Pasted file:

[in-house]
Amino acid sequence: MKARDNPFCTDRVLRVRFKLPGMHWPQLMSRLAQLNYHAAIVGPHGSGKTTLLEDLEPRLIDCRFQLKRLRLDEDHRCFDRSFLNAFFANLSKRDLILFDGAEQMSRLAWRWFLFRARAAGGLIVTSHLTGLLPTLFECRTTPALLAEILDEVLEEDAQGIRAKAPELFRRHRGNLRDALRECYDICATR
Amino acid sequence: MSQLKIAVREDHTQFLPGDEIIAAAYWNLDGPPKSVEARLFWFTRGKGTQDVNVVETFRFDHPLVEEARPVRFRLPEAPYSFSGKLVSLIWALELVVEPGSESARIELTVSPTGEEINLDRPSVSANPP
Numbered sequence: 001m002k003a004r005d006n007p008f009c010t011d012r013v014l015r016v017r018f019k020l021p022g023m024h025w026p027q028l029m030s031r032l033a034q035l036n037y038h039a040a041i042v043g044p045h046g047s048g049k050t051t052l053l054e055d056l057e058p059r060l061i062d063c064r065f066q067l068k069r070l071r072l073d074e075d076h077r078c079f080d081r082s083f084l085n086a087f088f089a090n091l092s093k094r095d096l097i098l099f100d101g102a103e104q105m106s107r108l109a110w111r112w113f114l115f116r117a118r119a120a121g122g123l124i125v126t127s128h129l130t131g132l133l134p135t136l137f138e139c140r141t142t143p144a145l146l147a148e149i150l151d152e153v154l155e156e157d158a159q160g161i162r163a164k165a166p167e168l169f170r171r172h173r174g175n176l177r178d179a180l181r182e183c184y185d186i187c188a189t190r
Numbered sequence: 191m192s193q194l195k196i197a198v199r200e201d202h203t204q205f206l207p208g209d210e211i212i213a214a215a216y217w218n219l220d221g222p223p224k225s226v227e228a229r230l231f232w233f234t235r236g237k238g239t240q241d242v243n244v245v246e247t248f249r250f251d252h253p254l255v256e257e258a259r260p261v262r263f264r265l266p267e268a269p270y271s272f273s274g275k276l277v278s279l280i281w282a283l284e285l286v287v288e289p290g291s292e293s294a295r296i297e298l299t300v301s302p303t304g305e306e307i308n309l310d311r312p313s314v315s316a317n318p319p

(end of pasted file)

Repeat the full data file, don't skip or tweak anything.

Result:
[in-house]
Amino acid sequence: MKARDNPFCTDRVLRVRFKLPGMHWPQLMSRLAQLNYHAAIVGPHGSGKTTLLEDLEPRLIDCRFQLKRLRLDEDHRCFDRSFLNAFFANLSKRDLILFDGAEQMSRLAWRWFLFRARAAGGLIVTSHLTGLLPTLFECRTTPALLAEILDEVLEEDAQGIRAKAPELFRRHRGNLRDALRECYDICATR
Amino acid sequence: MSQLKIAVREDHTQFLPGDEIIAAAYWNLDGPPKSVEARLFWFTRGKGTQDVNVVETFRFDHPLVEEARPVRFRLPEAPYSFSGKLVSLIWALELVVEPGSESARIELTVSPTGEEINLDRPSVSANPP
Numbered sequence: 001m002k003a004r005d006n007p008f009c010t011d012r013v014l015r016v017r018f019k020l021p022g023m024h025w026p027q028l029m030s031r032l033a034q035l036n037y038h039a040a041i042v043g044p045h046g047s048g049k050t051t052l053l054e055d056l057e058p059r060l061i062d063c064r065f066q067l068k069r070l071r072l073d074e075d076h077r078c079f080d081r082s083f084l085n086a087f088f089a090n091l092s093k094r095d096l097i098l099f100d101g102a103e104q105m106s107r108l109a110w111r112w113f114l115f116r117a118r119a120a121g122g123l124i125v126t127s128h129l130t131g132l133l134p135t136l137f138e139c140r141t142t143p144a145l146l147a148e149i150l151d152e153v154l155e156e157d158a159q160g161i162r163a164k165a166p167e168l169f170r171r172h173r174g175n176l177r178d179a180l181r182e183c184y185d186i187c188a189t190r
Numbered sequence: 191m192s193q194l195k196i197a198v199r200e201d202h203t204q205f206l207p208g209d210e211i212i213a214a215a216y217w218n219l220d221g222p223p224k225s226v227e228a229r230l231f232w233f234t235r236g237k238g239t240q241d242v243n244v245v246e247t248f249r250f251d252h253p254l255v256e257e258a259r260p261v262r263f264r265l266p267e268a269p270y271s272f273s274g275k276l277v278s279l280i281w282a283l284e285l286v287v288e289p290g291s292e293s294a295r296i297e298l299t300v301s302p303t304g305e306e307i308n309l310d311r312p313s314v315s316a317n318p319p